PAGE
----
There is nothing safe about using a ladder. Be safe, be smart, move slowly and always double-check that the ladder is secure and stable.

Five dangers plumbers should consider.

According to Plumber magazine, there are 10 common dangers that should be accounted for by all plumbers on the job site.

1. Working at high heights

Anytime you are off the ground, the danger increases, and so does the damage that can result from an accident such as a fall or slip.

2. Confined spaces.

The smaller the space, such as boilers, storage tanks, sewers, pipes, ducts and pits, the greater that chance for dangers related to toxic gases or diminished oxygen levels.

3. Asbestos.

While it’s well documented and well known, asbestos still remains a threat in many older homes—oftentimes, unbeknownst to the homeowner.

4. Hearing loss

The World Health Organization’s protection report shows that up to 48% of plumbers have reported a hearing loss due to banging tools, noisy pipes, and electronic machinery.

5. Mold.

Mold feeds off of moisture and natural materials such as wood or cardboard—exactly the types of materials and spaces that plumbers work in every day.

Work safer by being smarter.

While some of the threats are unique to a specific trade, many dangers are universal across all of these career options. At NexTech Academy, we want to help electricians, HVAC technicians and plumbers to work safer, so we are providing some essential tips.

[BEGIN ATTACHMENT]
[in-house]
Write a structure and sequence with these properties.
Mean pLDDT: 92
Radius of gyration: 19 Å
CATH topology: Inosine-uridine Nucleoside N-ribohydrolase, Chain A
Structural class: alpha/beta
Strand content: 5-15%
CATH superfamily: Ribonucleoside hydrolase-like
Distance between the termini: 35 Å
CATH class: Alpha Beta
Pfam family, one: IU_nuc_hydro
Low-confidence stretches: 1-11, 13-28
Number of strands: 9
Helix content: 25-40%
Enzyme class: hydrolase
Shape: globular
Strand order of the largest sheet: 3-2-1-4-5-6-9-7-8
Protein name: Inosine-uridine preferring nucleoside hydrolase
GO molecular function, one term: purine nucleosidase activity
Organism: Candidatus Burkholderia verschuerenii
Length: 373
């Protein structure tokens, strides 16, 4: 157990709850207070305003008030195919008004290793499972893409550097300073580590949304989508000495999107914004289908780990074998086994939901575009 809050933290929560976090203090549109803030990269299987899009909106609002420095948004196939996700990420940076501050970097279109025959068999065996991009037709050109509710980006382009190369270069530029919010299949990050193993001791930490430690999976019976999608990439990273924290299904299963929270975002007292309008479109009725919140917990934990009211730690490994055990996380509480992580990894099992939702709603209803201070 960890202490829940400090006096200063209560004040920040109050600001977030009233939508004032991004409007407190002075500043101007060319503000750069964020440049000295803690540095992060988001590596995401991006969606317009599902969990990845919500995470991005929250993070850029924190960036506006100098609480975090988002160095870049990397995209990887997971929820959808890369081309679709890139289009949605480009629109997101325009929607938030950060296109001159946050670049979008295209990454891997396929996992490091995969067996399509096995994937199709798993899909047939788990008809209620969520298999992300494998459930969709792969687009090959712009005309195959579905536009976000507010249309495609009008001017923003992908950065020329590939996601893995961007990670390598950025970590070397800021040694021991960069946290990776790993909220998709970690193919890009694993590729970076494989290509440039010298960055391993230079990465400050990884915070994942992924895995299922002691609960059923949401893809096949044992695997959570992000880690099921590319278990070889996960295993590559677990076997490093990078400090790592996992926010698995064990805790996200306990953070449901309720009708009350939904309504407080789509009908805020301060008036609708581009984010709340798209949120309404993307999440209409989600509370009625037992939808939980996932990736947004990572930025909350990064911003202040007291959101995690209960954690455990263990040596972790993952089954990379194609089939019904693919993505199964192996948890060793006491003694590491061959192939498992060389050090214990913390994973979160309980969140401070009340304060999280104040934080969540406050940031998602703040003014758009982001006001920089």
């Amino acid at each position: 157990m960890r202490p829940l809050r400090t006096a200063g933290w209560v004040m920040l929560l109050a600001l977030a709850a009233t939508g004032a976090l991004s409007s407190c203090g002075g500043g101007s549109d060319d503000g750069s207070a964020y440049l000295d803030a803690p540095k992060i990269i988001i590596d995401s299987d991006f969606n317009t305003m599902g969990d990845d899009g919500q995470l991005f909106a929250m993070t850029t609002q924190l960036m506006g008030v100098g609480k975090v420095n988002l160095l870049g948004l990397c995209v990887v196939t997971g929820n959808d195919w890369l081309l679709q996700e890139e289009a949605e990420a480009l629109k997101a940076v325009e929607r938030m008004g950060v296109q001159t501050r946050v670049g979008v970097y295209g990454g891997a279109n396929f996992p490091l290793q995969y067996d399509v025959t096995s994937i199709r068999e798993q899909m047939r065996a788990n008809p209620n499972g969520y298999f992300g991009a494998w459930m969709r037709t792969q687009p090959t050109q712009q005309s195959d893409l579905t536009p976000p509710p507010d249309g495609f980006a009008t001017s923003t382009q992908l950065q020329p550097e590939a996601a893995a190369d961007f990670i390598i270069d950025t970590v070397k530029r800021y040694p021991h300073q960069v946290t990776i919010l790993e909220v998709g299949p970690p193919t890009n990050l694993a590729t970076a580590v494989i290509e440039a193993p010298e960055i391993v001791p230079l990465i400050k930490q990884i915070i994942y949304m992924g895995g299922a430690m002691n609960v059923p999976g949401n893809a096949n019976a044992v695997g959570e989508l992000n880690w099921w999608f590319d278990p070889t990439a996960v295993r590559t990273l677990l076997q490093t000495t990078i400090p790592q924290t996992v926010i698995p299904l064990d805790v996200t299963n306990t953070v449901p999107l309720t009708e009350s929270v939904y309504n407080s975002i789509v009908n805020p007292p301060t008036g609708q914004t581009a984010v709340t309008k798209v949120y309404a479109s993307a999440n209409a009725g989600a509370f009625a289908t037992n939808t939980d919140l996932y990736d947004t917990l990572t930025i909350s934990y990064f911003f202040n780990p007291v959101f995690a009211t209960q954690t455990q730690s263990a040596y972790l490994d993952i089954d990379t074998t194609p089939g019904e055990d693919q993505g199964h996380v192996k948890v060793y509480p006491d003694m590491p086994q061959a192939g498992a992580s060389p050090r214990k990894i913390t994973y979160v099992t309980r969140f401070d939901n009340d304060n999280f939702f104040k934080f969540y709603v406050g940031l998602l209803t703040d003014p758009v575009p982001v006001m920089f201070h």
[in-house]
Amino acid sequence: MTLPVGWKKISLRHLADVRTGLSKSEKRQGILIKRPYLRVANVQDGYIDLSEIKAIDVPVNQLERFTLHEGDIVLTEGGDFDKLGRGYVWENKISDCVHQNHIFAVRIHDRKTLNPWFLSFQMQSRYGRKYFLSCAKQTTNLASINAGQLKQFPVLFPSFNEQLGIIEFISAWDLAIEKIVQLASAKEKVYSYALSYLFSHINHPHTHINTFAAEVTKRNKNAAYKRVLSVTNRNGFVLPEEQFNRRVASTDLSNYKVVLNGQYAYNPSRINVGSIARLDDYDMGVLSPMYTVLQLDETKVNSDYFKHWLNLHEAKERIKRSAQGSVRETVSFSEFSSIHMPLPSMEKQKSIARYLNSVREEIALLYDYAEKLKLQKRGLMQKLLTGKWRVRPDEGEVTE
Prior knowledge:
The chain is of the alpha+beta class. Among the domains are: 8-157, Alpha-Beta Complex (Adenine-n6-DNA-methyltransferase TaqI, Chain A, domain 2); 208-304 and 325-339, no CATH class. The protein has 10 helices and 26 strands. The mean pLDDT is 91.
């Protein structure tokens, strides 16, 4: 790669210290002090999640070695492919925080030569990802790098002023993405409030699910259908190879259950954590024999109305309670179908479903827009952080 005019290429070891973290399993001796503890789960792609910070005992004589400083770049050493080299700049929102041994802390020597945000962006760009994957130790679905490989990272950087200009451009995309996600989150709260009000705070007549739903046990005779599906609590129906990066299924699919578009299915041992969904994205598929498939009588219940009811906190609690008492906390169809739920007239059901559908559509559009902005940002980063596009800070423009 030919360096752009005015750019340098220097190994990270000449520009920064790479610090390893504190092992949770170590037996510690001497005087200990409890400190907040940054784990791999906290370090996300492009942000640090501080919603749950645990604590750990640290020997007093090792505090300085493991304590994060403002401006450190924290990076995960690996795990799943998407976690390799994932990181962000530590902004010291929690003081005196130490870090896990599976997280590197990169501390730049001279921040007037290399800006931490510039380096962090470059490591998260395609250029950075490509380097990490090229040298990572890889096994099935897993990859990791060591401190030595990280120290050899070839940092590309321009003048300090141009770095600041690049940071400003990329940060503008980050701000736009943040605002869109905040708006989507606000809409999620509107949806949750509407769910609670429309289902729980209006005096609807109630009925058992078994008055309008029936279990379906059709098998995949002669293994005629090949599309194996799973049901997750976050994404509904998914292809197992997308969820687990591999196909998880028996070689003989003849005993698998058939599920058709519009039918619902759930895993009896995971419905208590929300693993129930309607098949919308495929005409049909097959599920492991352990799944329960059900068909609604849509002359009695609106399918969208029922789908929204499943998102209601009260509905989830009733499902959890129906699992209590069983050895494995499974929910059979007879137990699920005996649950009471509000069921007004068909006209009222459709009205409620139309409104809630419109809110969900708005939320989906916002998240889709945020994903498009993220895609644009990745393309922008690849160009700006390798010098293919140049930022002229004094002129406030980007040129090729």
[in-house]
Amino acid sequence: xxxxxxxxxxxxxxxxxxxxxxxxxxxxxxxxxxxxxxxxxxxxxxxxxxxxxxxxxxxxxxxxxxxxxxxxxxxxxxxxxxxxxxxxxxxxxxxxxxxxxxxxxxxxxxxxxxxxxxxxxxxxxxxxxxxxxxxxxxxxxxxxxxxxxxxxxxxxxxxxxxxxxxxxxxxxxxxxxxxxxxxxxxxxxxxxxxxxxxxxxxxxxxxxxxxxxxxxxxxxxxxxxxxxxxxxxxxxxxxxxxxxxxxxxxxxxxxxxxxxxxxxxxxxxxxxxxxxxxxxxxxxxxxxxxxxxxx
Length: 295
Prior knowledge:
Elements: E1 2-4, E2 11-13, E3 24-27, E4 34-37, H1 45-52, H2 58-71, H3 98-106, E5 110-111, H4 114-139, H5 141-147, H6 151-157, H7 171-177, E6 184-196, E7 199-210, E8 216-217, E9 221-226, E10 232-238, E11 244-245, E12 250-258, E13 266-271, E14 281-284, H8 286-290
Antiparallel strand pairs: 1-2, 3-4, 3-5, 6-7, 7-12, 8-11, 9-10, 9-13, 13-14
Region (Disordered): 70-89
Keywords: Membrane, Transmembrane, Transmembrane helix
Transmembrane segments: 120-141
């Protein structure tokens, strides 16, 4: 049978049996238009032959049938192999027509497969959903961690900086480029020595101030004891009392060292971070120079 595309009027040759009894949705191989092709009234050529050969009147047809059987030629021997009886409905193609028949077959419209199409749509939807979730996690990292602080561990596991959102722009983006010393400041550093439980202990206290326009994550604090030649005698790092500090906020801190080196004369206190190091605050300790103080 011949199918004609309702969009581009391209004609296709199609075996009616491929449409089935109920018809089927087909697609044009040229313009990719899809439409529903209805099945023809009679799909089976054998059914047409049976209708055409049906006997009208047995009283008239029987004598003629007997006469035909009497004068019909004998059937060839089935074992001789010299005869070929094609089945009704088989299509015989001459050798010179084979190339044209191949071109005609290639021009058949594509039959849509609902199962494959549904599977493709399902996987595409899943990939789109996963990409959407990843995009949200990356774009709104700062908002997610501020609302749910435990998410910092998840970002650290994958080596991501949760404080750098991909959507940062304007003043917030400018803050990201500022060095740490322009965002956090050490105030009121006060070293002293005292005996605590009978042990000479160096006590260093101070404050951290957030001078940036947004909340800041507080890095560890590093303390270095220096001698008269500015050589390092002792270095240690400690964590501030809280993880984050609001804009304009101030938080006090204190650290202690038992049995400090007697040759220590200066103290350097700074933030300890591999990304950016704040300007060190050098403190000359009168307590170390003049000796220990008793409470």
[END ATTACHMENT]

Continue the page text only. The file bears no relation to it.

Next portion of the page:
Utilize hearing protection.

Hearing is precious and key to the way most people communicate. If you lose your hearing, it never comes back.

Protect your back.

When lifting or moving heavy equipment or materials, use proper form and mechanical assistance like dollies whenever possible. While dramatic back injuries can happen from one incident, most are the result of microtraumas—small injuries that cause muscle aches, spasms, and limited flexibility.

Use respiratory equipment properly.

Yes, it can be uncomfortable, but wearing respiratory equipment properly is important. Inhaled gases or fumes can cause illness or death. And like other threats, inhalation damage can be something that occurs all at once, or the damage accumulates over time with frequent exposures that might go unnoticed until it becomes a major issue.

Wear eye protection.

It takes very little to damage your eyes. Whether it’s a spark, a speck of metal or a speck of chemical, any of these can cause serious damage. However, all of those items and many other incidents can be avoided with protective eyewear.

Learn first aid.

The first moments of an accident are the most important. What you do in the first seconds and minutes can often determine whether an accident causes minimal harm or significant damage. Learning first aid can help you make the right steps of action.

Online vocational training for technician safety.

Tips and advice are great, but to become a truly safe worker and protect yourself from harm requires training. The online technical training from NexTech Academy offers courses in personal safety, safety awareness and workplace safety to give electricians, HVAC technicians and plumbers the knowledge, confidence and smarts needed to work safer and better.

If you’re interested in NexTech Academy, you can get started learning more or call us at (651) 426-2000.